| Permalink
    what are we going to do about this mess???? ,,, vote more republicans, I guess ????? we need more like we need herpes !!!!!!!!
  15. Celia's avatar
    Celia
    | Permalink
    And now they are advertising on Craigslist in NY and other states because NC does not produce enough teachers through our teacher education programs.
  16. Melissa's avatar
    Melissa
    | Permalink
    I taught at CMS for 4years the pay is horrible. My school had a high Hispanic population with little support for them to learn our principal was ok.
  17. Anne M.'s avatar
    Anne M.
    | Permalink
    I left CMS many years ago for greener pastures in California.<br /> I am so glad I did. The cost of living is higher here, that is true, but teachers are treated much better here and my salary and pension are very good compared to what I was making in NC. I also had a principal at CMS very early in my career and he damaged my self esteem as a teacher before I even got started. No union to back me up, no support system from the Administration. I understand why teachers are leaving. it's time they treat teachers in NC as professionals and pay them as professionals and treat them as professionals. My bet is that the Republican legislature doesn't care about the public schools anyway and would love to see them fail so that they can privatize education.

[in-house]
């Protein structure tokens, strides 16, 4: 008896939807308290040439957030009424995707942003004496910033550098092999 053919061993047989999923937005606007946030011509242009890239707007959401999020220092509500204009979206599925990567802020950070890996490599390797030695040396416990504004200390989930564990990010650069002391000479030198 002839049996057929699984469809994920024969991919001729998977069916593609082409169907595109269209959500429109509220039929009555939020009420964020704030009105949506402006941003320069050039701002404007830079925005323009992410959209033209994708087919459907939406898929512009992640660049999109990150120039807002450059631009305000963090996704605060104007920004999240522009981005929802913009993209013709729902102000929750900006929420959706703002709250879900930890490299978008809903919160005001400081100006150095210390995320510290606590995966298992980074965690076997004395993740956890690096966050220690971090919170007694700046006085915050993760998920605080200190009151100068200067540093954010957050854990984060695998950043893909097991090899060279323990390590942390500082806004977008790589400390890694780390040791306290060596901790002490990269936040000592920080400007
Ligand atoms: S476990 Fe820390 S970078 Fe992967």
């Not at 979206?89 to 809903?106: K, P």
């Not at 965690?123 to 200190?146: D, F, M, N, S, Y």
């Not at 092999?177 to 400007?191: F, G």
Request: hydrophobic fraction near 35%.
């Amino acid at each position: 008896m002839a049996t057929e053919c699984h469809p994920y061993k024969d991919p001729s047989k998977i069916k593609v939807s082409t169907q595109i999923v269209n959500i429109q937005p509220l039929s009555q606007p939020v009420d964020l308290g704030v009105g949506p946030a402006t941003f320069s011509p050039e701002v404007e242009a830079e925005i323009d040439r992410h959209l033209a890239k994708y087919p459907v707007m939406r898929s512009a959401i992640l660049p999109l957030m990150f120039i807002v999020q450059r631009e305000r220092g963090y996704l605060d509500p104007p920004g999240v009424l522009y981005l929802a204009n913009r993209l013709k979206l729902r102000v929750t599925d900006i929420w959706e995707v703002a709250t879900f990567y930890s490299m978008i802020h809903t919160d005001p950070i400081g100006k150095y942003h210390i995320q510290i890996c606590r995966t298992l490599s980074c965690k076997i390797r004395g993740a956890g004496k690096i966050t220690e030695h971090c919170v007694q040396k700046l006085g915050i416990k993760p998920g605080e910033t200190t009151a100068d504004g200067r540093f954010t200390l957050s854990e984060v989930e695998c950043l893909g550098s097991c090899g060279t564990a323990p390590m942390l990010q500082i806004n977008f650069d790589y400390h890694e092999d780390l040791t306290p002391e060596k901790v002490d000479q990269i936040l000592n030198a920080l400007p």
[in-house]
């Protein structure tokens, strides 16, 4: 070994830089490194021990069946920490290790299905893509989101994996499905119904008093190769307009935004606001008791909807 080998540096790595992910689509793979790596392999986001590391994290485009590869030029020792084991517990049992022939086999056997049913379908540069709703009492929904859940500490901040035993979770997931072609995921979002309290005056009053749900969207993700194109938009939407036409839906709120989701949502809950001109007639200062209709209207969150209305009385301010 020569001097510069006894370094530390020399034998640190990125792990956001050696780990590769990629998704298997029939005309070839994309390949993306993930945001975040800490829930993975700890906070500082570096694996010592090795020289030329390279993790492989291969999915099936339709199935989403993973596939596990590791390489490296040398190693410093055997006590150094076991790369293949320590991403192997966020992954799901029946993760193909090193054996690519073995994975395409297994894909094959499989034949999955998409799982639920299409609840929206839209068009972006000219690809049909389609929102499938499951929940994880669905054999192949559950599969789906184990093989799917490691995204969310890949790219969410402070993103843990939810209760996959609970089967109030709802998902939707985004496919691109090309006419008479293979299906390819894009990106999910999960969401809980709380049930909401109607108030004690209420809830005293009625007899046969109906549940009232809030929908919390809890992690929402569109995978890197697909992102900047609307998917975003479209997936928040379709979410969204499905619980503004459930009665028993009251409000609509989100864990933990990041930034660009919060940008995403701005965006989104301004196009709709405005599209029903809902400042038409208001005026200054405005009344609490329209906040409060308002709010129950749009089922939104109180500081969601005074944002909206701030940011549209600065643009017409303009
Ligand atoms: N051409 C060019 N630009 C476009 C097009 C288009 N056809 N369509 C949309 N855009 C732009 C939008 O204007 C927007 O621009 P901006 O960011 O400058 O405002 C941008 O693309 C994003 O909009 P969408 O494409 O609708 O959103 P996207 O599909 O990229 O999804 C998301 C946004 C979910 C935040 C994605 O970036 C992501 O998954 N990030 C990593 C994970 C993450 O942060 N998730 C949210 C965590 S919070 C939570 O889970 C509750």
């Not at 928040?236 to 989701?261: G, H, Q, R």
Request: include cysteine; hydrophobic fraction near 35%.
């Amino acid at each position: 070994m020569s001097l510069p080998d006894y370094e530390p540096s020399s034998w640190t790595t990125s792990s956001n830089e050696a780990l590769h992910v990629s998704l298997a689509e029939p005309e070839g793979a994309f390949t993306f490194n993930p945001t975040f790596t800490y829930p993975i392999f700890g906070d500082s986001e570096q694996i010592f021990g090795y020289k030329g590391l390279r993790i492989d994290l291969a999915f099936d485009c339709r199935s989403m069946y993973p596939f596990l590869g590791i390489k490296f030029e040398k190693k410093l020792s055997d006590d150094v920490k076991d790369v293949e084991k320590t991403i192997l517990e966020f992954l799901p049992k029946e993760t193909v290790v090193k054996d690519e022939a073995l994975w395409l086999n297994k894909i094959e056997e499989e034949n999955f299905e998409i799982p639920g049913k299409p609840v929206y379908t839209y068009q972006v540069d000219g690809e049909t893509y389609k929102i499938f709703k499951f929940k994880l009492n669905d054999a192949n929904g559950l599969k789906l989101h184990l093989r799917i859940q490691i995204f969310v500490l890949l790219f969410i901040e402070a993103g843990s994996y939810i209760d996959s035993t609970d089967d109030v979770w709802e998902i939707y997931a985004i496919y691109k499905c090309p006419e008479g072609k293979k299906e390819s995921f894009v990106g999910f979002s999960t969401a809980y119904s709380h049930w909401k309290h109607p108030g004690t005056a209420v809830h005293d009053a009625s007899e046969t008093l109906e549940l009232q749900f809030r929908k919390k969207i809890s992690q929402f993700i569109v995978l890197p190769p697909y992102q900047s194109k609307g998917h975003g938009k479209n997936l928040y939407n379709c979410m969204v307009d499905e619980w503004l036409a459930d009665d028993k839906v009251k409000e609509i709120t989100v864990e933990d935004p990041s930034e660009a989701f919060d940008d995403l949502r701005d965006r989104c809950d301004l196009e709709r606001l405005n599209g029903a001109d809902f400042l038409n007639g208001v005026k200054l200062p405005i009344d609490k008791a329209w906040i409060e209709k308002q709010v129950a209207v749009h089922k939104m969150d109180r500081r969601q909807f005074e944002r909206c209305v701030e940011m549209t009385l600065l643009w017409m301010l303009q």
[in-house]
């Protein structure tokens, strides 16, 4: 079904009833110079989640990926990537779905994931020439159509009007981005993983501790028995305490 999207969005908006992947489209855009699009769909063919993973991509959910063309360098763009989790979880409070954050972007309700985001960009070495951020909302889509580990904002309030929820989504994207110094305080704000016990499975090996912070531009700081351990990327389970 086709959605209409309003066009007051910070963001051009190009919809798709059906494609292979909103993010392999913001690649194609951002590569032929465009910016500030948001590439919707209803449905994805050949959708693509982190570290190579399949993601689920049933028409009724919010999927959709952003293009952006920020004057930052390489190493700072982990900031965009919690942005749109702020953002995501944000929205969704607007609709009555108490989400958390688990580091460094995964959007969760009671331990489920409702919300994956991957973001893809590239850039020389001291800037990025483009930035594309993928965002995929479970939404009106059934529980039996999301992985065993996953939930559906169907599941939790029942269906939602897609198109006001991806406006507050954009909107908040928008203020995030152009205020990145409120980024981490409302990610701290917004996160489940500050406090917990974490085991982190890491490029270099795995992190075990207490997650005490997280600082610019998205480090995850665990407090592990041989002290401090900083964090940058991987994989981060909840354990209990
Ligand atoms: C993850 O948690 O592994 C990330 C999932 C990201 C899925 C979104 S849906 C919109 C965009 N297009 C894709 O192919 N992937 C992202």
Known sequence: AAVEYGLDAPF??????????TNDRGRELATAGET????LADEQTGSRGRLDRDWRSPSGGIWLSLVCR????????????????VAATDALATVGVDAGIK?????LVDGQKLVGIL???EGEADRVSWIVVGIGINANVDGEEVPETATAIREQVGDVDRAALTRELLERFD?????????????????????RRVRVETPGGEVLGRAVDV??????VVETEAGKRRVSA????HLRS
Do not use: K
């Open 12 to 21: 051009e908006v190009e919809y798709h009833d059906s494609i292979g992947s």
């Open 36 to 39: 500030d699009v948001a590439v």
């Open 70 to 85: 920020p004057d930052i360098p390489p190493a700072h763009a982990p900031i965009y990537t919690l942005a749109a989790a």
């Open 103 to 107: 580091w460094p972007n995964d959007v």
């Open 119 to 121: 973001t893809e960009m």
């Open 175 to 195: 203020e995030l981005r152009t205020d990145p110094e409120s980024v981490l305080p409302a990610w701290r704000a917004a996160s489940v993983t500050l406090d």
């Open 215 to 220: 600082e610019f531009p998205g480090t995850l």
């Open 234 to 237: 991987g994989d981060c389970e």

18. Matt's avatar
    Matt
    | Permalink
    Imagine, just imagine educators. What if ALL of you stuck together. Nationwide! Your voice could not be ignored. You COULD demand support, and get it. You COULD demand fair pay, and get it. What if your motto was truly: An attack on one district is an attack on us all? Imagine your power.
  19. Dana's avatar
    Dana
    | Permalink
    It's out of 9,180 teachers. So, roughly 10% have quit?? Found at http://www.cms.k12.nc.us/mediaroom/aboutus/Pages/FastFacts.aspx<br /> <br /> I'd like to find information where that is a normal rate of attrition either for CMS. all schools in general, NC schools, or school systems of equivalent size.
  20. alley's avatar
    alley
    | Permalink
    You treat teachers poorly, teachers leave. NC is a known teacher-unfriendly state, so who really didn't see this coming? Teachers are fed up. The NC legislature is not really listening. This will probably escalate until the problems are fixed.
  21. Venisha's avatar
    Venisha
    | Permalink
    I totally understand why educators are leaving the profession. It's not the children, it's the pay and administration. It is difficult to do your job without support from your administration in addition to the poor wages. I don't see it improving anytime soon.
  22. Mary Williams's avatar
    Mary Williams
    | Permalink